Saturday, March 5, 2011

Body Language and Body Knowledge

In the interview with Octavia Butler, Mehaffy mentions that for Butler, “the body is the central communicator. Spoken or written language is frequently insufficient for communication,” (p. 59) reflecting the importance of the body as a “discursive entity” in Butler’s works. “Speech Sounds” takes this idea one step further, as Butler imagines a society in which people lose the ability to speak, read and write, and spoken and written language becomes entirely ineffective as means of connecting. Yet communication happens nevertheless: intimidation attempts, accusations of promiscuity and sexual propositions all happen through gestures and body language. This is certainly in line with Butler’s view that even when the spoken and written word are inadequate, “the flesh knows” (p. 59) how to get the message across. Similarly, because Gan and T’Gatoi never verbally discuss their relationship until near the end of the story, our understanding of the relationship between Gan and T’Gatoi comes primarily through their physical interactions, as evidenced by Gan’s willingness to lie against T’Gatoi’s “long, velvet underside” (p. 3), and how he finds it comfortable being caged by T’Gatoi’s limbs, whereas the rest of his family dislikes it. Again, this reflects the importance of the body as a central communicator in Butler’s works.

Closely related to this last idea is the point raised in the interview regarding sociobiology. Specifically, Butler suggests that “body-knowledge could possibly de-hierarchize, or maybe re-hierarchize, social and political relations” (p. 59), and that if correctly applied, sociobiology might potentially decrease gender inequality. This idea is present in “The Evening and the Morning and the Night” as well, where the DGD carriers form an ostracized population, and are treated as mental patients in government-run wards, with no attempt made to find a way to control their self-mutilating impulses. By contrast, DGD patients in Dilg, the retreat run by Beatrice, are able to “channel their energies… to create” (p. 51), due to Beatrice’s understanding of how to use the pheromones she secretes to subdue her charges’ violent tendencies. Thus her scientific understanding of the Duryea-Gode disease enables Beatrices to help her patients become more productive members of society, reflecting Butler’s point that correctly applied, sociobiology can be used to address social inequalities and differences.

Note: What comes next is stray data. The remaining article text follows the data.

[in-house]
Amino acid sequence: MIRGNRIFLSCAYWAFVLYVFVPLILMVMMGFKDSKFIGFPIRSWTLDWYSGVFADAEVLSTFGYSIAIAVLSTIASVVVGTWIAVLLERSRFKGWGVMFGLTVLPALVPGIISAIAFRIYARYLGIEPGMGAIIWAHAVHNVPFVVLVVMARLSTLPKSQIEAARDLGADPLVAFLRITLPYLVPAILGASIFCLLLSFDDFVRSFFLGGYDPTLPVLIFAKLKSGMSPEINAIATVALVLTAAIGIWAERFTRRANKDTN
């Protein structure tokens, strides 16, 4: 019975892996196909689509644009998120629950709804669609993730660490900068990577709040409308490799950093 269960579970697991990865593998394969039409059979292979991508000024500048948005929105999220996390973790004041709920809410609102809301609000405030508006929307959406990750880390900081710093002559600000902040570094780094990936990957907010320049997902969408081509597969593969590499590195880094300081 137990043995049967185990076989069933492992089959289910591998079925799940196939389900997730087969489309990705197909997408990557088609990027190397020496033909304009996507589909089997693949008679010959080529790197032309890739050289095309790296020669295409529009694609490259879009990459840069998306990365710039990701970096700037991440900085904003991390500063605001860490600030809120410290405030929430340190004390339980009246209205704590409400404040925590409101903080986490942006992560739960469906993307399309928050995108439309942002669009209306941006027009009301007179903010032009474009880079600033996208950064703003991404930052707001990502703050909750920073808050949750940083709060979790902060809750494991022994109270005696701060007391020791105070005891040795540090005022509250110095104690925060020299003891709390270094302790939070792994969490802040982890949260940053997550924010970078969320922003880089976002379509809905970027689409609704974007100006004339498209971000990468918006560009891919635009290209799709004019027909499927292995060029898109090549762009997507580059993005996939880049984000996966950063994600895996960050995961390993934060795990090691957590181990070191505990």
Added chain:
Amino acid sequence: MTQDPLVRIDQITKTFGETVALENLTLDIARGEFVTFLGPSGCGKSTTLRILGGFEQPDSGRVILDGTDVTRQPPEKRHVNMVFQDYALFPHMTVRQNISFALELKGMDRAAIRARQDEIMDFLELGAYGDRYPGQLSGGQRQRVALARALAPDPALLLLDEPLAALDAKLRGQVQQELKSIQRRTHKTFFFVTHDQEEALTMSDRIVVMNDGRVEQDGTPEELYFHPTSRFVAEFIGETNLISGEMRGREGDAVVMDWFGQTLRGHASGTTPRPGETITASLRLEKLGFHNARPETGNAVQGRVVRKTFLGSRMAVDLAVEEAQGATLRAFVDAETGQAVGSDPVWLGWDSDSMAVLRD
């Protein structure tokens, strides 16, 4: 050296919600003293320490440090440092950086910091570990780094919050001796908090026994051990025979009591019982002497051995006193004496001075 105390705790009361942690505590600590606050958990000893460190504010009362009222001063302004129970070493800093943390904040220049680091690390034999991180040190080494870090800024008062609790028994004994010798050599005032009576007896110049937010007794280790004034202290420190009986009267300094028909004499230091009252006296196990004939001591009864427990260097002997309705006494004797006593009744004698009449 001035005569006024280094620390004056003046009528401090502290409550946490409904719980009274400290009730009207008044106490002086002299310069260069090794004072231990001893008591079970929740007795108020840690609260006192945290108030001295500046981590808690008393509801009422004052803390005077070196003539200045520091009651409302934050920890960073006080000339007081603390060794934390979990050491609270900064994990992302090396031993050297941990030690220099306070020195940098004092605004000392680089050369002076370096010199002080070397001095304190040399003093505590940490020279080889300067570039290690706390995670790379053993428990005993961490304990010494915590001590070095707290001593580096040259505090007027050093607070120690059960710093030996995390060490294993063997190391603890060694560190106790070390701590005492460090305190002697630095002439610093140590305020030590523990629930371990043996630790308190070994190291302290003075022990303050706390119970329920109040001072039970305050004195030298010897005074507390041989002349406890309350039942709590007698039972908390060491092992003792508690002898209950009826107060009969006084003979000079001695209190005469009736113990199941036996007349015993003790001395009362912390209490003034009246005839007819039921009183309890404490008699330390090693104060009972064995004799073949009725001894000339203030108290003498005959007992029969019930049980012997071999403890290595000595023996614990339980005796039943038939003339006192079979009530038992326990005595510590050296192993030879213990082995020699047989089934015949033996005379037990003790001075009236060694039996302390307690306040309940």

Interestingly enough, by depicting Lynn and Beatrice as the pheromone-secreting “queen-bees”, Butler appears to be engaging in a mild form of countercolonial feminist utopia, in that the strong female protagonist Lynn is depicted as having the ability to influence the thoughts of Alan, her male partner, and Beatrice is able to do the same to those under her charge at the DGD home. While Lynn’s influence certainly extends to females as well, it is telling that we see the effects manifested on Alan alone, as none of Lynn’s other housemates are mentioned in the story, and that Alan’s response to finding out that he is being influenced by the pheromone is that of outrage (“I won’t be a puppet. I won’t be controlled… by a goddamn smell!”). Supposedly, Alan is angry because he does not want to be influenced to stay and work at Dilg for the rest of his life, but could the real reason for his anger be something baser than that, such as his humiliation at finding out that Lynn was the dominant partner in their relationship all along, instead of him?


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